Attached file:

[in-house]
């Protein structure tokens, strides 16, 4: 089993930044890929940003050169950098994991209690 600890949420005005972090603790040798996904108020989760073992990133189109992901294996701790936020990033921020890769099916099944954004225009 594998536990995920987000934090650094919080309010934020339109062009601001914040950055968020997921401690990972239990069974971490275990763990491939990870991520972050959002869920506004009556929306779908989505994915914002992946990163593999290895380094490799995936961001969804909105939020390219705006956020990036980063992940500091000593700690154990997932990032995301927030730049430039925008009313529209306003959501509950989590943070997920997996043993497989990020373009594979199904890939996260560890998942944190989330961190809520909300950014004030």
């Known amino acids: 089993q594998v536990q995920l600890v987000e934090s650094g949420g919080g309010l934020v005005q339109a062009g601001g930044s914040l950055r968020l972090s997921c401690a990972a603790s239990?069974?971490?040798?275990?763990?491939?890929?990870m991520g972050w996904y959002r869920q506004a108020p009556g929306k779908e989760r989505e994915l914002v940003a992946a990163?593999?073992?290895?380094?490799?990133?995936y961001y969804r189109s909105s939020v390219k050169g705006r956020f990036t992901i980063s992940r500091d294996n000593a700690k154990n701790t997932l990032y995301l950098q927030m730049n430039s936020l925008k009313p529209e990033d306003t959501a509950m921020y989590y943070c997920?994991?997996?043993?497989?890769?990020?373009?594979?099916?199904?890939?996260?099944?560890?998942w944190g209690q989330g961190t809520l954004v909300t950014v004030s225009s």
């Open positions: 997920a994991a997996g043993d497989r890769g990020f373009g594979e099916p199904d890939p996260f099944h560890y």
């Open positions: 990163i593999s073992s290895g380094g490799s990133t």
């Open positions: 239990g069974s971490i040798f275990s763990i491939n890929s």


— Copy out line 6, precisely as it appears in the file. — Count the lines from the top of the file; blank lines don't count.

């Open positions: 239990g069974s971490i040798f275990s763990i491939n890929s």